String theory is one of the most exciting and profound developments in modern theoretical physics. Unfortunately it is a highly technical subject that can only be well understood using the tools of Quantum Field Theory. It also doesn't hurt to know some mathematics like Group Theory, Differential Geometry, and Algebraic Geometry. Needless to say this is prohibitive for most people who are far too busy doing other things. String theory is to be a theory of quantum gravity, then the average size of a string should be somewhere near 10 to the 33 centimeter, or about a millionth of a billionth of a billionth of a centimeter. This means that strings are far to small to see by the current technology and so string theorists must devise clever methods to test the theory than just looking for little strings in particle experiments.

String theory is a science in progress; we are still learning new and unexpected things about it everyday. Whether or not string theory actually describes the universe that we live in is not known - yet. As we will see it has remarkable potential to do so. Superstrings live in a 10-dimensional spacetime, but we observe a 4-dimensional spacetime. Somehow we need to link the two if superstrings are to describe our

universe. To do this we curl up the extra 6 dimensions into a small compact space.

This is actually a very old idea dating back to the 1920's and the work of Kaluza and Klein. This is often called Kaluza-Klein theory. The idea that our universe might have more than the three familiar spatial dimensions is one which was introduced more than half a century before the advent of string theory. The basic premise of such

theories is that a dimension can be either large and directly observable or small and essentially invisible.

The five superstring theories appear to be very different when viewed in terms of their descriptions in weakly coupled perturbation theory. In fact the major revelation of the past few years is the fact that they are all related to each other by various string dualities. We say two theories are dual when they both describe the same physics.

The dualities between the various string theories provide strong evidence that they are simply different descriptions of the same underlying theory. Each description has its own regime of validity, and in certain limits another description takes over just when the original one is breaks down. So given this new phase 11-dimensional phase of string theory, and the various dualities between string theories, we're led to the very exciting prospect that there is only a single fundamental underlying theory -- M-theory. This uniqueness is very appealing, and much of the work in this field will be directed toward formulating the full quantum M-theory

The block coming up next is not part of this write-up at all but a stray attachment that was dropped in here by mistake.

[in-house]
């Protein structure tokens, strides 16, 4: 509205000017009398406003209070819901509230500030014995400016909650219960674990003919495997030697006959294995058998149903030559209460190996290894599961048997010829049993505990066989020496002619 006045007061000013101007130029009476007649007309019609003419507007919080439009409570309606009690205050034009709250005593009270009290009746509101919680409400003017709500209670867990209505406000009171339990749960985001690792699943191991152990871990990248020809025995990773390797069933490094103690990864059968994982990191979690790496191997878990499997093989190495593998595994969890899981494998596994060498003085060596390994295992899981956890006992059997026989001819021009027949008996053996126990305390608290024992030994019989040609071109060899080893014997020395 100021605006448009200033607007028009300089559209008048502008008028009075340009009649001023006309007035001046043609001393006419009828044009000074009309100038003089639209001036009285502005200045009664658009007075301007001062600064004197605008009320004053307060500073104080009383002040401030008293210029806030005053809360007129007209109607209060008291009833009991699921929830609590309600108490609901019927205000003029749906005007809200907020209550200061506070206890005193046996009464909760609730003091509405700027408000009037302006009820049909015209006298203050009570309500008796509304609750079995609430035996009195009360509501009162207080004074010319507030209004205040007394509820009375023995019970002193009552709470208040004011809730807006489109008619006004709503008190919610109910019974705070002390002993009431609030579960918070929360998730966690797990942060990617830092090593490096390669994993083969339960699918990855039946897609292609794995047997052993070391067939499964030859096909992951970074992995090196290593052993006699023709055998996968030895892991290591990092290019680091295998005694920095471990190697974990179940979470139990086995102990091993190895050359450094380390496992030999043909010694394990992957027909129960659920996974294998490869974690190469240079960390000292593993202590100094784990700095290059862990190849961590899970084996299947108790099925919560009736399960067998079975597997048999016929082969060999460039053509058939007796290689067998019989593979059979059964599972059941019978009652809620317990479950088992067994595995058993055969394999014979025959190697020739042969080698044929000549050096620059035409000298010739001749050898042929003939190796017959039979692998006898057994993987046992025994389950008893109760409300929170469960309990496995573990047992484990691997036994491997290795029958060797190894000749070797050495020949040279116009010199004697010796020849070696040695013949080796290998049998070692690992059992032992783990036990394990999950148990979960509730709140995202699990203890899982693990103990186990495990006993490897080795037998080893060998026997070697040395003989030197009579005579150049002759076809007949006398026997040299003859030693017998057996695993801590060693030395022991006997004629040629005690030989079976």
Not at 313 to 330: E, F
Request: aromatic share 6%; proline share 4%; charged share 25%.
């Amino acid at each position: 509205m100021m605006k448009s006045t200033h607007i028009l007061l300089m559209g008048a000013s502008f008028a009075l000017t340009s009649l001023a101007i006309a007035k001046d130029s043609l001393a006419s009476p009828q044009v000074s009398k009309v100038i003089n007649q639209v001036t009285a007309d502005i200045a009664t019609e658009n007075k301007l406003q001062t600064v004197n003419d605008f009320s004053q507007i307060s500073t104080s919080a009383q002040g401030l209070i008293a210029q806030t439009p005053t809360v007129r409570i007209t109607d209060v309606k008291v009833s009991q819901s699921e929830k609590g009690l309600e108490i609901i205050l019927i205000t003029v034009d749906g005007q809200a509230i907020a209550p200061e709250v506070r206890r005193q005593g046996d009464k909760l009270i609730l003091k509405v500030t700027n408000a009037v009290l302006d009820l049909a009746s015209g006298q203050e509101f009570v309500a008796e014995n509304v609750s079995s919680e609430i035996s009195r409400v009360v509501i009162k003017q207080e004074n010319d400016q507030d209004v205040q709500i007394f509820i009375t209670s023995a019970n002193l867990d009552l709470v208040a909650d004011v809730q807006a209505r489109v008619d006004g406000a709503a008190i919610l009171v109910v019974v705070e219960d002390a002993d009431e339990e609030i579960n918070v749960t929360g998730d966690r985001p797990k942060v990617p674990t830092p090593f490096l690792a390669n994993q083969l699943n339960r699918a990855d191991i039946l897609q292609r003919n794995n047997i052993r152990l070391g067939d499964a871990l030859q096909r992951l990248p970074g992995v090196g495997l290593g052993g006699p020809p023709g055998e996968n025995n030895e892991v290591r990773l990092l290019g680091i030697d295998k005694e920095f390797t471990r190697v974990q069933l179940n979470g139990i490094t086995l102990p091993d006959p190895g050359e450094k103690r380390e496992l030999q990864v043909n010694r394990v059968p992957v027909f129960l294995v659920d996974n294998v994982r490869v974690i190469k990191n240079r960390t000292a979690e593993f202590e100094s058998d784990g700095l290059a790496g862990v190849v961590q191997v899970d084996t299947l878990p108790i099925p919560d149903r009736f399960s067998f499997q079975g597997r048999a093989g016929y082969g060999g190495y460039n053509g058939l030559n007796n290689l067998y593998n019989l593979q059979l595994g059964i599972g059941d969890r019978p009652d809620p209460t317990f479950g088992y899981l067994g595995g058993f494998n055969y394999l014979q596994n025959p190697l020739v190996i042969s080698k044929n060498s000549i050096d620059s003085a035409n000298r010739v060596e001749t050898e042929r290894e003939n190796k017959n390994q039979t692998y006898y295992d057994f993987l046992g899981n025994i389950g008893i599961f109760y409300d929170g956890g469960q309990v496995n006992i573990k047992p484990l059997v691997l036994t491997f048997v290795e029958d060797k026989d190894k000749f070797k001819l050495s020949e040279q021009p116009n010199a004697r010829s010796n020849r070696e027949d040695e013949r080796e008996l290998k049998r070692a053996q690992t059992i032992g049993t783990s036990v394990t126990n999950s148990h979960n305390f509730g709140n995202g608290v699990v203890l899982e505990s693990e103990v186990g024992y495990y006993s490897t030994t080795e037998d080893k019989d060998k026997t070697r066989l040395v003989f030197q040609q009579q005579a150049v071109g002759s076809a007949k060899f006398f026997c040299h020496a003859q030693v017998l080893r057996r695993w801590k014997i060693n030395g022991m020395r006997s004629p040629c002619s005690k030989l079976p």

The classical description of gravity known as General Relativity, contains solutions which are called "black holes". There are many different kinds of black hole solutions but they share some common characteristics. The event horizon is a surface in spacetime which, loosely speaking, divides the inside of the black hole from the outside. The gravitational attraction of a black hole is so strong that any object that crosses the event horizon, including light, can never escape out of the black hole.

Classical black holes are therefore relatively featureless, but they can be described by a set of observable parameters such as mass, charge, and angular momentum.

Black holes turn out to be important "laboratories" in which to test string theory, because the effects of quantum gravity turn out to be important even for large macroscopic holes. Black holes aren't really "black" since they radiate.

Since string theory is, among other things, a theory of quantum gravity, it should be able to describe black holes in a consistent way. In fact there are black hole solutions which satisfy the string equations of motion. Superstring theories also have some special black hole solutions which are themselves supersymmetric, in that they preserve some supersymmetry.

Superstring theory is a very exciting area of study because it has the serious potential to be the right theory for describing the fundamental nature of our universe. All the elements are in there: quantum physics, bosons, fermions, gauge groups, and gravity. In the last several years there has been great progress in understanding the overall structure of the theory including D-branes and string duality. String theory has been applied with great success to the study of black hole physics and quantum gravity. However, there is much work yet to be done.

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